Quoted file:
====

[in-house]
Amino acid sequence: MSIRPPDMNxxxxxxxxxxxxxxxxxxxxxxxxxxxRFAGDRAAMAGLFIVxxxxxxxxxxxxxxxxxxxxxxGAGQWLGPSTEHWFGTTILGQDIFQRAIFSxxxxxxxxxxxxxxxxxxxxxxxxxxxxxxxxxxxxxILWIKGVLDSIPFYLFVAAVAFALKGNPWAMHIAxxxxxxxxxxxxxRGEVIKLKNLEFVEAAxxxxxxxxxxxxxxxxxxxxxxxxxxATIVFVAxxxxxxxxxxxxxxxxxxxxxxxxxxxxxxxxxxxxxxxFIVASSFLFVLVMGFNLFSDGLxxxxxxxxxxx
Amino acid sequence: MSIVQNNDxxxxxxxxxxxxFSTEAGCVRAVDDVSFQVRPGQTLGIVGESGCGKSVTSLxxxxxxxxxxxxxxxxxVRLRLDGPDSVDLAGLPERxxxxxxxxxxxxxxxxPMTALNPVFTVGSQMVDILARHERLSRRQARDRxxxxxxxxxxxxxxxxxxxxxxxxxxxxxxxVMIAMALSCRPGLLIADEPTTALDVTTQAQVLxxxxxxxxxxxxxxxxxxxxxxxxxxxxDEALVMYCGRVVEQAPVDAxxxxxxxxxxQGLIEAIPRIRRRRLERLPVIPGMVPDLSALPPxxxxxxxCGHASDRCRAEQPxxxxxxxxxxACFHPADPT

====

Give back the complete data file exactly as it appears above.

[in-house]
Amino acid sequence: MSIRPPDMNxxxxxxxxxxxxxxxxxxxxxxxxxxxRFAGDRAAMAGLFIVxxxxxxxxxxxxxxxxxxxxxxGAGQWLGPSTEHWFGTTILGQDIFQRAIFSxxxxxxxxxxxxxxxxxxxxxxxxxxxxxxxxxxxxxILWIKGVLDSIPFYLFVAAVAFALKGNPWAMHIAxxxxxxxxxxxxxRGEVIKLKNLEFVEAAxxxxxxxxxxxxxxxxxxxxxxxxxxATIVFVAxxxxxxxxxxxxxxxxxxxxxxxxxxxxxxxxxxxxxxxFIVASSFLFVLVMGFNLFSDGLxxxxxxxxxxx
Amino acid sequence: MSIVQNNDxxxxxxxxxxxxFSTEAGCVRAVDDVSFQVRPGQTLGIVGESGCGKSVTSLxxxxxxxxxxxxxxxxxVRLRLDGPDSVDLAGLPERxxxxxxxxxxxxxxxxPMTALNPVFTVGSQMVDILARHERLSRRQARDRxxxxxxxxxxxxxxxxxxxxxxxxxxxxxxxVMIAMALSCRPGLLIADEPTTALDVTTQAQVLxxxxxxxxxxxxxxxxxxxxxxxxxxxxDEALVMYCGRVVEQAPVDAxxxxxxxxxxQGLIEAIPRIRRRRLERLPVIPGMVPDLSALPPxxxxxxxCGHASDRCRAEQPxxxxxxxxxxACFHPADPT